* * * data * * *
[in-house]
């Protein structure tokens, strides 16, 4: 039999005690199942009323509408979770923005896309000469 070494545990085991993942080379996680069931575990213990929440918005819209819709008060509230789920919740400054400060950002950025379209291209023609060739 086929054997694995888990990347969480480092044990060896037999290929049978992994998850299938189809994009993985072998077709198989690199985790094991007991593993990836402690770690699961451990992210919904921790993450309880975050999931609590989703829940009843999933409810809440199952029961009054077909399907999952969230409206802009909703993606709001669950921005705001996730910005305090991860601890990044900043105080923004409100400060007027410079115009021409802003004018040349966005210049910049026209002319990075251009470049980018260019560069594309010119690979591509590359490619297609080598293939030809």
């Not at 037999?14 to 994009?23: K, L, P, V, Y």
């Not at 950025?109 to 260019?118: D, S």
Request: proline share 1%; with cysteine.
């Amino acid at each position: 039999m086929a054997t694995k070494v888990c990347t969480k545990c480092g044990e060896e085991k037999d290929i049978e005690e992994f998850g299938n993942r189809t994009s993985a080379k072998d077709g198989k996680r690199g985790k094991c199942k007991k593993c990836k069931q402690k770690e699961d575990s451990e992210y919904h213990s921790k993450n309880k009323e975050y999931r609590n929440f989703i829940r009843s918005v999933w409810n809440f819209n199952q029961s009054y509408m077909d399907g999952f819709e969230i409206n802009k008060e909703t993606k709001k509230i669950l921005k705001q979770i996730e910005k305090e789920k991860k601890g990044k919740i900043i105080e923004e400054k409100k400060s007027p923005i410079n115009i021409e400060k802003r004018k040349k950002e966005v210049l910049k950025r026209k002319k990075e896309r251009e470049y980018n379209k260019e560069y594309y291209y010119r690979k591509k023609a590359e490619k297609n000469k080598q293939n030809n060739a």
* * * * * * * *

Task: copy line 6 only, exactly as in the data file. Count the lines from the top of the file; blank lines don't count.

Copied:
């Amino acid at each position: 039999m086929a054997t694995k070494v888990c990347t969480k545990c480092g044990e060896e085991k037999d290929i049978e005690e992994f998850g299938n993942r189809t994009s993985a080379k072998d077709g198989k996680r690199g985790k094991c199942k007991k593993c990836k069931q402690k770690e699961d575990s451990e992210y919904h213990s921790k993450n309880k009323e975050y999931r609590n929440f989703i829940r009843s918005v999933w409810n809440f819209n199952q029961s009054y509408m077909d399907g999952f819709e969230i409206n802009k008060e909703t993606k709001k509230i669950l921005k705001q979770i996730e910005k305090e789920k991860k601890g990044k919740i900043i105080e923004e400054k409100k400060s007027p923005i410079n115009i021409e400060k802003r004018k040349k950002e966005v210049l910049k950025r026209k002319k990075e896309r251009e470049y980018n379209k260019e560069y594309y291209y010119r690979k591509k023609a590359e490619k297609n000469k080598q293939n030809n060739a």